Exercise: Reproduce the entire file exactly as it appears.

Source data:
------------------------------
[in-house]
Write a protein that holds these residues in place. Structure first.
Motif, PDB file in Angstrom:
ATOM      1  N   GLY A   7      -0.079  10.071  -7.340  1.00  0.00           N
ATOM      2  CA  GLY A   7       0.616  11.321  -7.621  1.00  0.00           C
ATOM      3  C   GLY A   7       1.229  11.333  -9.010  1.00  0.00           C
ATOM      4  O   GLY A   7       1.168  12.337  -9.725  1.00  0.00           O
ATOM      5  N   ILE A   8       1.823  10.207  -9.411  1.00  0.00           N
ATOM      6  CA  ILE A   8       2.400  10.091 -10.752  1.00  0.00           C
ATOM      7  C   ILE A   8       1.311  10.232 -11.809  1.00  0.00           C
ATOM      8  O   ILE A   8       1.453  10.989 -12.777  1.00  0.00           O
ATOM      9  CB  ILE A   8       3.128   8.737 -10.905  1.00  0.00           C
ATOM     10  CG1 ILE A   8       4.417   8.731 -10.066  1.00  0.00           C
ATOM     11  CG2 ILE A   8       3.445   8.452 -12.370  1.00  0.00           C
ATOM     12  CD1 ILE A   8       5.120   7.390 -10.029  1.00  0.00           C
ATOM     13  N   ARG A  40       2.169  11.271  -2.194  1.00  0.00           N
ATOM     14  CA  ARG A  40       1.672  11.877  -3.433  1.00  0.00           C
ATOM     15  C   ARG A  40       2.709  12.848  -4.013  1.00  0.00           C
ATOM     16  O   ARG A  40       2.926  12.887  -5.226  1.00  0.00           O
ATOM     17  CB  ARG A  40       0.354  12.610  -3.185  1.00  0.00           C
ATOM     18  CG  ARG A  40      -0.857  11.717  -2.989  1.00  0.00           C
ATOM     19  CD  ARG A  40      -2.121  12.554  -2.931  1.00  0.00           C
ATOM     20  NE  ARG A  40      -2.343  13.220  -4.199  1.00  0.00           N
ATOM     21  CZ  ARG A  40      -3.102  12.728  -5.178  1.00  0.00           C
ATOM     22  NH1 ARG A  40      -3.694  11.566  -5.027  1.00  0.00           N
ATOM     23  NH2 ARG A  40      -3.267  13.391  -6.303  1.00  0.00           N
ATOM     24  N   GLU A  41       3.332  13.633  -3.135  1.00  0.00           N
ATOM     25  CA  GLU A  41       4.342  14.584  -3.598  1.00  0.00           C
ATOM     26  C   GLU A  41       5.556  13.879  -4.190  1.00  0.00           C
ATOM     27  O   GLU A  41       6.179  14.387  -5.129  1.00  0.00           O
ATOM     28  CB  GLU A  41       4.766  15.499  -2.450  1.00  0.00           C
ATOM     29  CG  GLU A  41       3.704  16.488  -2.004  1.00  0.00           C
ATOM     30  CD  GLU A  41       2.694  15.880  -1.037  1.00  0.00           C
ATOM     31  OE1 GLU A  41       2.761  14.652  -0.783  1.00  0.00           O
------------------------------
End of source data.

[in-house]
Write a protein that holds these residues in place. Structure first.
Motif, PDB file in Angstrom:
ATOM      1  N   GLY A   7      -0.079  10.071  -7.340  1.00  0.00           N
ATOM      2  CA  GLY A   7       0.616  11.321  -7.621  1.00  0.00           C
ATOM      3  C   GLY A   7       1.229  11.333  -9.010  1.00  0.00           C
ATOM      4  O   GLY A   7       1.168  12.337  -9.725  1.00  0.00           O
ATOM      5  N   ILE A   8       1.823  10.207  -9.411  1.00  0.00           N
ATOM      6  CA  ILE A   8       2.400  10.091 -10.752  1.00  0.00           C
ATOM      7  C   ILE A   8       1.311  10.232 -11.809  1.00  0.00           C
ATOM      8  O   ILE A   8       1.453  10.989 -12.777  1.00  0.00           O
ATOM      9  CB  ILE A   8       3.128   8.737 -10.905  1.00  0.00           C
ATOM     10  CG1 ILE A   8       4.417   8.731 -10.066  1.00  0.00           C
ATOM     11  CG2 ILE A   8       3.445   8.452 -12.370  1.00  0.00           C
ATOM     12  CD1 ILE A   8       5.120   7.390 -10.029  1.00  0.00           C
ATOM     13  N   ARG A  40       2.169  11.271  -2.194  1.00  0.00           N
ATOM     14  CA  ARG A  40       1.672  11.877  -3.433  1.00  0.00           C
ATOM     15  C   ARG A  40       2.709  12.848  -4.013  1.00  0.00           C
ATOM     16  O   ARG A  40       2.926  12.887  -5.226  1.00  0.00           O
ATOM     17  CB  ARG A  40       0.354  12.610  -3.185  1.00  0.00           C
ATOM     18  CG  ARG A  40      -0.857  11.717  -2.989  1.00  0.00           C
ATOM     19  CD  ARG A  40      -2.121  12.554  -2.931  1.00  0.00           C
ATOM     20  NE  ARG A  40      -2.343  13.220  -4.199  1.00  0.00           N
ATOM     21  CZ  ARG A  40      -3.102  12.728  -5.178  1.00  0.00           C
ATOM     22  NH1 ARG A  40      -3.694  11.566  -5.027  1.00  0.00           N
ATOM     23  NH2 ARG A  40      -3.267  13.391  -6.303  1.00  0.00           N
ATOM     24  N   GLU A  41       3.332  13.633  -3.135  1.00  0.00           N
ATOM     25  CA  GLU A  41       4.342  14.584  -3.598  1.00  0.00           C
ATOM     26  C   GLU A  41       5.556  13.879  -4.190  1.00  0.00           C
ATOM     27  O   GLU A  41       6.179  14.387  -5.129  1.00  0.00           O
ATOM     28  CB  GLU A  41       4.766  15.499  -2.450  1.00  0.00           C
ATOM     29  CG  GLU A  41       3.704  16.488  -2.004  1.00  0.00           C
ATOM     30  CD  GLU A  41       2.694  15.880  -1.037  1.00  0.00           C
ATOM     31  OE1 GLU A  41       2.761  14.652  -0.783  1.00  0.00           O